Japanese Prime Minister Fumio Kishida left his country on Monday for a tour of Europe and North America, with security talks on the agenda, weeks after his country announced a major overhaul of its security doctrine. defense.
Mr. Kishida, whose country holds the presidency of the G7 in 2023, will travel from Monday to France, Italy, Great Britain and Canada.
The Prime Minister will conclude this tour in the United States, where he will meet President Joe Biden on Friday.
Discussions with Mr. Biden should reaffirm cooperation between Japan and the United States and the concept of a "free and open Indo-Pacific", Mr. Kishida told reporters on Sunday, using another expression to refer to the region. Asia Pacific.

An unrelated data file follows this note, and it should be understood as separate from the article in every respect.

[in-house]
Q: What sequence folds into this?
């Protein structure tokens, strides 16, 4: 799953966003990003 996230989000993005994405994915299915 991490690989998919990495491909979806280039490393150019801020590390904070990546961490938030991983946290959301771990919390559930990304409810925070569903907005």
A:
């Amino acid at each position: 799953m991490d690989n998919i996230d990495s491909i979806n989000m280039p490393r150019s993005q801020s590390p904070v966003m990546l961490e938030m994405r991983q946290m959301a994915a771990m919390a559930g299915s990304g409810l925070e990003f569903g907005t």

The two leaders are expected to discuss security issues, including the Russian invasion of Ukraine.
They are also expected to issue a joint statement that will mention Taiwan and the denuclearization of North Korea, Japanese newspaper Yomiuri Shimbun reported, citing unnamed Japanese government sources.
Mr. Kishida said he would discuss with Mr. Biden the strengthening of Japan's defense policy.
Japan, which has called China an "unprecedented strategic challenge" to its security, last month approved a major overhaul of Japan's defense doctrine, which calls for a colossal hike in military spending over five years.
The next summit of the heads of state of the G7 countries is scheduled for May in Hiroshima (western Japan), a city devastated by the first atomic bombing in history in 1945.
Mr. Kishida said he also wanted to reaffirm this year the “solidarity” of the G7 countries with Ukraine, but also with the “countries of the South” on various fronts such as climate change and the food and energy crises.